4. Instance Constructors

Constructors for creating an instance of the type.

Instance Constructors
5. Implicit Value Members

Implicit members:

  1. Implicit types (usually classes) are defined with the Type members.
  2. Implicit values (var, val and def) are defined with the Value members.
Implicit Members
6. Shadowed Implicit Value Members

Implicit members that are not applicable due to existing implementations.

Shadowed Implicits Value Members
  1. Member supplied by an implicit conversion.
  2. Where implicit comes from and when it gets applied.
  3. How to use the shadowed implicit (see below for an explanation) by using a type ascription.

Implicit conversions can be used to add methods to a type which doesn’t have those particular methods (“pimping”). If the target type already has a method with the same signature (name and types) that the implicit conversion is trying to add to it, it is termed “shadowing”. The definition of the method on the target type takes precedence over the implicit conversion which is not applied. A type ascription can be used to manually specify which method definition to use.

From What is “Shadowed Implicit Value Members” in Scala doc?:

case class Foo(x :String) {
  def whoAmI = "Foo: " + x

implicit class Bar(foo: Foo) {
  def whoAmI = "Bar: " + foo.x

println( Foo("test").whoAmI ) //prints Foo: test
println( (Foo("test"): Bar).whoAmI ) //prints Bar: test


  1. If you know the package path of the member you are looking for, you can append it to the documentation URL with a # to go directly to the documentation. In the example below we go directly to the scala.concurrent.Future documentation by adding it to the Scaladoc API URL:
"" +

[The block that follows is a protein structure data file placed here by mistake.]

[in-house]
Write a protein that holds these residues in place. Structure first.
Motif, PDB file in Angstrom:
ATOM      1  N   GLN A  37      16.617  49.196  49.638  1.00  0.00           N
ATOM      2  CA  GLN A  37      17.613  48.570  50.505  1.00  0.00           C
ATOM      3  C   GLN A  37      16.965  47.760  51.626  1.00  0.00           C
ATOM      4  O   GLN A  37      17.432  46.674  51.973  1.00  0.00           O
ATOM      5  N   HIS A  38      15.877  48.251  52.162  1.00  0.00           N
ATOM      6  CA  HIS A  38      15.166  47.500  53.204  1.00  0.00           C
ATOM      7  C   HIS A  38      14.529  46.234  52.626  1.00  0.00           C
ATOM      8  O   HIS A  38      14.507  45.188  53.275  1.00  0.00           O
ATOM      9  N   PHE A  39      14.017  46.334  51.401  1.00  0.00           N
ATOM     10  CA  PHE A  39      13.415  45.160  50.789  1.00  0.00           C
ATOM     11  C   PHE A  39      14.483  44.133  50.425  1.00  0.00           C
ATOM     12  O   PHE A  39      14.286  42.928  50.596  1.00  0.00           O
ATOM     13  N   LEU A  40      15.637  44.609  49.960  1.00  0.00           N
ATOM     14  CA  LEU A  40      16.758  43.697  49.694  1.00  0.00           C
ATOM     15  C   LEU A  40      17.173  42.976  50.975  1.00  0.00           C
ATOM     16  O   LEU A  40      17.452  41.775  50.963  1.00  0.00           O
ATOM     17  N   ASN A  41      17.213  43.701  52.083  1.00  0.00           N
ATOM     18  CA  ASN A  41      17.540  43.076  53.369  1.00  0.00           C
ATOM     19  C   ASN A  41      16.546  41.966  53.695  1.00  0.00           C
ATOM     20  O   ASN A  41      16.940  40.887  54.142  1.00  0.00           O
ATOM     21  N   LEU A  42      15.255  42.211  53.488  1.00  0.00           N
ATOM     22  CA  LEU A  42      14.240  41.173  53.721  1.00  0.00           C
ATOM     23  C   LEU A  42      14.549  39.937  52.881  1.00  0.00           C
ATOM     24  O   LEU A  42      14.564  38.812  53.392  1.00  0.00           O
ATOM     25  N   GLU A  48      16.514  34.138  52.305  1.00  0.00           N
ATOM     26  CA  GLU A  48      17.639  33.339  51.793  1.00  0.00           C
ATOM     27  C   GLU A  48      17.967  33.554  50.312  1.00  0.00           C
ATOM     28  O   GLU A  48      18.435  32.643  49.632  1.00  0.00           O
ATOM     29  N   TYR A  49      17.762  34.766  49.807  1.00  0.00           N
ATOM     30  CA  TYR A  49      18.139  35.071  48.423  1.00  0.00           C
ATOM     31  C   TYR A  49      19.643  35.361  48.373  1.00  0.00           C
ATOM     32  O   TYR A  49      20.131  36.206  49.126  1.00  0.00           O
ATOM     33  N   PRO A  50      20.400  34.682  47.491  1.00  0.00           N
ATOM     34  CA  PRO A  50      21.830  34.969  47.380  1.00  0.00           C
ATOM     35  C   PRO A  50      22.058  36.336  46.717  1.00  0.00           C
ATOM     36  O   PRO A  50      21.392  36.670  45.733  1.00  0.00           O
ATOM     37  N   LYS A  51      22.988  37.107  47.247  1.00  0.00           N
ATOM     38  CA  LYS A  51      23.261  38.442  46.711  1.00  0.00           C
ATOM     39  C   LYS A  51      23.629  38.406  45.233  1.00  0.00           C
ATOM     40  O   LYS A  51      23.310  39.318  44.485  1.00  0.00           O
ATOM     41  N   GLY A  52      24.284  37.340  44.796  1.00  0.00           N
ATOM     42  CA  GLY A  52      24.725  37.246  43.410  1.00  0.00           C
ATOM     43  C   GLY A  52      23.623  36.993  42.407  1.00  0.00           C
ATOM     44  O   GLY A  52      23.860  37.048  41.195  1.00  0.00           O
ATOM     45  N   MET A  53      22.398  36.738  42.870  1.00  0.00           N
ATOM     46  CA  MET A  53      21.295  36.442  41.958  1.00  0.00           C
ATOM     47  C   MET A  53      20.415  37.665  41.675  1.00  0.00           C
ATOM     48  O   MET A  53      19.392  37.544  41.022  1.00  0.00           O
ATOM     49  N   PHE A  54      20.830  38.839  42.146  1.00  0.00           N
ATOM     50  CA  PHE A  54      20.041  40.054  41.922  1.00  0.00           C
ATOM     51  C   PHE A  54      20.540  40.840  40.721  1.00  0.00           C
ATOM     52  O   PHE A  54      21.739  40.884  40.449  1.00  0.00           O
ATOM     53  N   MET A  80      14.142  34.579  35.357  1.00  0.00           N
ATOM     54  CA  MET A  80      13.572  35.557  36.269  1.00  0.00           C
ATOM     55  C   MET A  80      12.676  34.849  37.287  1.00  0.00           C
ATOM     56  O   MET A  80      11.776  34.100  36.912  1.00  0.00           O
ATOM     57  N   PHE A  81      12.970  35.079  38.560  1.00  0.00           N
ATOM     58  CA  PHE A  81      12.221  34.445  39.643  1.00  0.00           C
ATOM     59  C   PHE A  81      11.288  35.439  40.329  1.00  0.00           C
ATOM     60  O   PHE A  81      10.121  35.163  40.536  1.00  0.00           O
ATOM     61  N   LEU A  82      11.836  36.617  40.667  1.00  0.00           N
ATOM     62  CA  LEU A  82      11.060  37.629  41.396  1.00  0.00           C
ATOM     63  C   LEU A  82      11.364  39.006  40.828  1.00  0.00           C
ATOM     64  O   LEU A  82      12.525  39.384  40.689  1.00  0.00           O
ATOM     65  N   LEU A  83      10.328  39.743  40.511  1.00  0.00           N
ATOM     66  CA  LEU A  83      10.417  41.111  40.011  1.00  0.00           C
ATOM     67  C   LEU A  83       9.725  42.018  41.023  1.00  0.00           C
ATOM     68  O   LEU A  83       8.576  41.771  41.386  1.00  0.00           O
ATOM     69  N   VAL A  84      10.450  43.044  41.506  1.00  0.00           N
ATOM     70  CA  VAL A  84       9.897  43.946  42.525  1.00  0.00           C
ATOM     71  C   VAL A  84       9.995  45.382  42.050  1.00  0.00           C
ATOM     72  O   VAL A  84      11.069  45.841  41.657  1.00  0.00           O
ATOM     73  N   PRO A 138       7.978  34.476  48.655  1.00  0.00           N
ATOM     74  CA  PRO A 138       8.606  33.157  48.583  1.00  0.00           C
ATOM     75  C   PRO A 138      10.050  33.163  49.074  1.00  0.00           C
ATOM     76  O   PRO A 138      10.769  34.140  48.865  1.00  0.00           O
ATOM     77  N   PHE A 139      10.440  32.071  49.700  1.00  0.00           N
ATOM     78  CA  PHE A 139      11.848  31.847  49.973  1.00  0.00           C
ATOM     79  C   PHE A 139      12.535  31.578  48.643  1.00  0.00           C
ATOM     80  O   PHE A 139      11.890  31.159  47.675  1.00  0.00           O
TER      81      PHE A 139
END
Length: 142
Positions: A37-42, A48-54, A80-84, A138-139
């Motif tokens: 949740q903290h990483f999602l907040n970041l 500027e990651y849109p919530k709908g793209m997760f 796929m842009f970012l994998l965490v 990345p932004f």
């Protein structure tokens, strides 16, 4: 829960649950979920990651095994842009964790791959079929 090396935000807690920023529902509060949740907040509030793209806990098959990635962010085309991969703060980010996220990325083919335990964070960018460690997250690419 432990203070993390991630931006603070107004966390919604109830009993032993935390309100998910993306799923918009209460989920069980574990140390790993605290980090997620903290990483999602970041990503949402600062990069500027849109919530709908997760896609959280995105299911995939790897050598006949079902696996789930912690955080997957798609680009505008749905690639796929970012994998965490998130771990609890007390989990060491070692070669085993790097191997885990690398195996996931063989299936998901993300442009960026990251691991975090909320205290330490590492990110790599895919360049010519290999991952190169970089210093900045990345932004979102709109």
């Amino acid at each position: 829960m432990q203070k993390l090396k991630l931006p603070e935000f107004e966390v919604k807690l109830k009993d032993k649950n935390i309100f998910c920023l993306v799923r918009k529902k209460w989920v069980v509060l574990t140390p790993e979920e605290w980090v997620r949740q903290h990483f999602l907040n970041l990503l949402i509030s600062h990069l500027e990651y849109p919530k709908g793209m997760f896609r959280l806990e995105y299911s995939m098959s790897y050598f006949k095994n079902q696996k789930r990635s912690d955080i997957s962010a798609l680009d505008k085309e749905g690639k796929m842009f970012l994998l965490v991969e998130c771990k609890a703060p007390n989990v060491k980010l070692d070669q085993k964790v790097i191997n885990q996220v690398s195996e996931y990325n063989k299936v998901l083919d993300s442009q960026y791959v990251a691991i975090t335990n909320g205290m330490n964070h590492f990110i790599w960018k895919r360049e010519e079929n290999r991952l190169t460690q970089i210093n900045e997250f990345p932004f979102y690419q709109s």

"#" +

The above link takes you to the Future type documentation.

If you want to go to the Future object, then add $ to the end of the path to the type documentation.

"" +
"#" +
"scala.concurrent.Future" +

If you want to go to a path-dependent type, then use the above formula and use a $ between the parent type and the nested type. In the example below if we want to go the documentation for TypeSymbol which is a nested type of scala.reflect.api.Symbols we would write the link as:

"" +
"#" +
"scala.reflect.api.Symbols" +
"$" +

This unfortunately doesn’t work as expected for all types. The location of the documentation for a member depends on where it is defined. Taking scala.collection.immutable.Set as an example, if we want to see its WithFilter path-dependent type’s documentation, we might incorrectly assume the documentation URL is:

"" +
"#" +
"scala.collection.immutable.Set" +
"$" +

But the above doesn’t work because WithFilter is defined on scala.collection.TraversableLike. This link works:

"" +
"#" +
"scala.collection.TraversableLike" +
"$" +

Also as mentioned previously, you can bookmark a permalink to any member and use that to go directly to any documentation.

That about covers it for the overview of the Scaladoc interface. If I’ve missed any useful tips or misunderstood a feature, please let me know in the comments section below.